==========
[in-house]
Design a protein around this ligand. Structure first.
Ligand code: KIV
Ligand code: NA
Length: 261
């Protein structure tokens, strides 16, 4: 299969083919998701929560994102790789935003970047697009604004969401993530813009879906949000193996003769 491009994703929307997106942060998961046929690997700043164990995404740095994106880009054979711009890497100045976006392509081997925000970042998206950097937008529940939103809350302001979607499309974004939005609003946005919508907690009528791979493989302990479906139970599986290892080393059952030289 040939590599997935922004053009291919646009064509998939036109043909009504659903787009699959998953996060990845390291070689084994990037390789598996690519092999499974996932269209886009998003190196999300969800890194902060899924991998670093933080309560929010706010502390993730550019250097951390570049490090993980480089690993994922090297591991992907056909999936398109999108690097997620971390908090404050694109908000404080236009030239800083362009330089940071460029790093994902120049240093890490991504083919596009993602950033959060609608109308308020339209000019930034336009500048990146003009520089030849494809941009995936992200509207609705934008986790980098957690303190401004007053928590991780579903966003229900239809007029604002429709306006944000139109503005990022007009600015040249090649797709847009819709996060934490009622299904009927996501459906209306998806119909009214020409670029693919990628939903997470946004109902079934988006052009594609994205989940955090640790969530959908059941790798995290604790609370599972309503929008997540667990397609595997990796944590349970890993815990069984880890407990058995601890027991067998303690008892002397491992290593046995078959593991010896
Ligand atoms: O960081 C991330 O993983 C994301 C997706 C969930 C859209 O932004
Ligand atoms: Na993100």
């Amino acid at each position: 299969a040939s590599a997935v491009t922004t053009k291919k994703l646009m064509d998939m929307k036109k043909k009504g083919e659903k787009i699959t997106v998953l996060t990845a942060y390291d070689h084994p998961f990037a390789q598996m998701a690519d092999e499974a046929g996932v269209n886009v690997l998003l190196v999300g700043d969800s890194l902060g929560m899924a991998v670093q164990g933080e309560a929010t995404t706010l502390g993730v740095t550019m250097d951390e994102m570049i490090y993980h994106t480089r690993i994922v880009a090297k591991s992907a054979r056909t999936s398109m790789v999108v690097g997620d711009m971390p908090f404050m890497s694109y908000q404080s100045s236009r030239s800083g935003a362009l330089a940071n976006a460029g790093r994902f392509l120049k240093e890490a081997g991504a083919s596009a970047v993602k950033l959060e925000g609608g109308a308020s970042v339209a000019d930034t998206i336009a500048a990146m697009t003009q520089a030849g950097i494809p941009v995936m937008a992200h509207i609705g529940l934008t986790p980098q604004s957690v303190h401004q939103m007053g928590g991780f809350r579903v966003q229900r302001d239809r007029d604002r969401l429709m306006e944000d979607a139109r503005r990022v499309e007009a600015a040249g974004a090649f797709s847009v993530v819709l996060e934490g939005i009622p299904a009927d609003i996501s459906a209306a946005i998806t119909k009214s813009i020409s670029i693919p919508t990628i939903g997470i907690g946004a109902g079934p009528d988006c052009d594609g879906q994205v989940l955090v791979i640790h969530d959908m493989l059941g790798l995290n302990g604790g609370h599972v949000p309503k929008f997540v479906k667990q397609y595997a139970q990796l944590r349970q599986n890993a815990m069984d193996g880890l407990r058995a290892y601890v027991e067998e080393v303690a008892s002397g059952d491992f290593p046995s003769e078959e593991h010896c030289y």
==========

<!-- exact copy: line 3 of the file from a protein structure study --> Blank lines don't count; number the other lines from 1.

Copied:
Ligand code: KIV